BS:     So my first bit of advice is do not go too granular with your reuse. Things like reusing words or phrases, I would really limit that as much as possible. You really want to reuse at a larger chunk level. So if we’re talking DITA or if we’re talking something like MadCap Flare, reusing at a topic level. So here is a topic with a heading and a bunch of text or a procedure or what have you, reuse that whole piece. If you need to reuse it five, six, seven times, that’s great. You’ve written it once and you can leverage it an additional four or five times. That’s fantastic. Reusing things like notes, cautions, warnings, they tend to stand on their own. I mean, they’re used in context with other text, but the warning itself, you can write those to be very standalone as far as what the thing you should not do is and what the outcome of that is within the context of that warning statement. And you should be able to put that off to the side, write it once and use it everywhere.

BS:     There are two benefits to that. One is the localization impact and the other one is that all your warning messages are exactly the same wording. And it will drill that information into your readers’ heads over time as they read it to say, “Oh yeah, I shouldn’t do this. I should not do this.” There are only so many ways that you really should say, “Don’t stick your hand in the machine while it’s working or you’ll lose it.” You really want to say it only once and repeat that statement multiple times until it’s drilled into your audience’s head to, “Hey, don’t stick your hand there.”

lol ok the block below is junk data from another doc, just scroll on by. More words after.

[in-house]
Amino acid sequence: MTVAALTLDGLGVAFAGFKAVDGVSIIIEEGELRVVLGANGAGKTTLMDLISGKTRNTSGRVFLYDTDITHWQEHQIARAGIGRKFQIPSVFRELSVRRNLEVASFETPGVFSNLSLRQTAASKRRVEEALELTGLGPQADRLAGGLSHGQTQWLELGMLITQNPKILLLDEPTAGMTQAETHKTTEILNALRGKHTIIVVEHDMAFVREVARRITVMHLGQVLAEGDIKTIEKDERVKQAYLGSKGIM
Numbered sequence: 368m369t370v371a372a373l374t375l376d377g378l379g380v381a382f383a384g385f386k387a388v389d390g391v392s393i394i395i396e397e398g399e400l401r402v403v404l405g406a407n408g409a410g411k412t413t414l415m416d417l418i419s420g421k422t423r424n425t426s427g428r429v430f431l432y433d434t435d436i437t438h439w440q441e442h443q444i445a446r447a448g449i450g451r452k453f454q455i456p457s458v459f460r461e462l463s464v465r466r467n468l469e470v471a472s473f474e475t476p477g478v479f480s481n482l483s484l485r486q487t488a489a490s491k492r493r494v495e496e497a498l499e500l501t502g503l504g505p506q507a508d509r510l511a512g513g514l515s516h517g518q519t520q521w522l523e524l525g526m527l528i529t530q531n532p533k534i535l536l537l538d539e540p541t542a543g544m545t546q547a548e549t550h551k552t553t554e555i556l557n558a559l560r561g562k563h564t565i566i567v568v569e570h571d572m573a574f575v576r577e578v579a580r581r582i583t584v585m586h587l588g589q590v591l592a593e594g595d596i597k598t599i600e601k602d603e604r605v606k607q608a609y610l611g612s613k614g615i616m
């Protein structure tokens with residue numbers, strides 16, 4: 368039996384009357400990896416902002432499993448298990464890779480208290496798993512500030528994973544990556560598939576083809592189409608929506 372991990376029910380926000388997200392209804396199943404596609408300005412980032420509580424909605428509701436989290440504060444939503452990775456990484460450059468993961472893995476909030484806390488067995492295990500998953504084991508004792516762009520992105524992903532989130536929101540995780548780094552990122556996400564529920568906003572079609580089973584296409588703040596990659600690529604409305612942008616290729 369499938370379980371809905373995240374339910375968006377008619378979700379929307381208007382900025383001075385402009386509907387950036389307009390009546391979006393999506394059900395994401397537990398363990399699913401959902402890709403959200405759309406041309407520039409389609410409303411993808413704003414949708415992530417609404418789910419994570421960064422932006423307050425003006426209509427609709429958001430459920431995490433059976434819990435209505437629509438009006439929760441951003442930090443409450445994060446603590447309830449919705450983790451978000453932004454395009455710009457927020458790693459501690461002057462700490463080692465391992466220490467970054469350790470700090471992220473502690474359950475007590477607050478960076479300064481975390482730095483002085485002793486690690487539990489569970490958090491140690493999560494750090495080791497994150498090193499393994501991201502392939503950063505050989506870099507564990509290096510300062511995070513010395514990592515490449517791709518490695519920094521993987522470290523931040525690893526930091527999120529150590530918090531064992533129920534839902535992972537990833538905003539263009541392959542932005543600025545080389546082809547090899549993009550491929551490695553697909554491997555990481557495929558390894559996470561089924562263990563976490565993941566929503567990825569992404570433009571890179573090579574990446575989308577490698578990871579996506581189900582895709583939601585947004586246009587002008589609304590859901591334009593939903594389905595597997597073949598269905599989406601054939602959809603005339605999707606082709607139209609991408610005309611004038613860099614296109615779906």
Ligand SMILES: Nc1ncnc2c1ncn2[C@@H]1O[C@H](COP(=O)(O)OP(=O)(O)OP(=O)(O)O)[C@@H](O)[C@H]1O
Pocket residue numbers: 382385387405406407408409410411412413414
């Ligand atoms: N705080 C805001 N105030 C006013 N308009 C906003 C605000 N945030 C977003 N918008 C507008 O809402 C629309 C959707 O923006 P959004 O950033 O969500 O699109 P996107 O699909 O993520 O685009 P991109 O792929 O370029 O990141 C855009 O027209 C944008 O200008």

EP:     Yep. And you want to make sure that it’s being said in the same way so they don’t take a different meaning from that.

BS:     Exactly. Or have it translated differently even though you meant to say the same thing.

EP:     Right. And something that I’m thinking about as we’re talking about what companies give their translators, so that their translators are trying to figure out what they mean, is writing style. So when you get into an organization that has many different writers, what are some things that you need to be aware of when you’re planning on sending content to translators?

BS:     The first thing you have to do is have your style guide nailed down and make sure that all of your writers are following that guidance. Sometimes in larger organizations where you have too many authors, and perhaps not enough editors to clean up after them, you might want to look into some kind of editing based software or language based software like Acrolinx or Congree to do a lot of the spot checks automatically, rather than relying on someone to catch it in proofreading. Especially if you have tight timelines, quick turnarounds, and everyone’s just too busy to proof each other’s work. I know that the days of having a fleet of editors cleaning up after writers has kind of run its course. There are still many technical and editorial editors out there, but not to the degree they used to be in, let’s say, even the 1980s when, unfortunately, I started working.

EP:     Right. And content governance can help with that as well, right?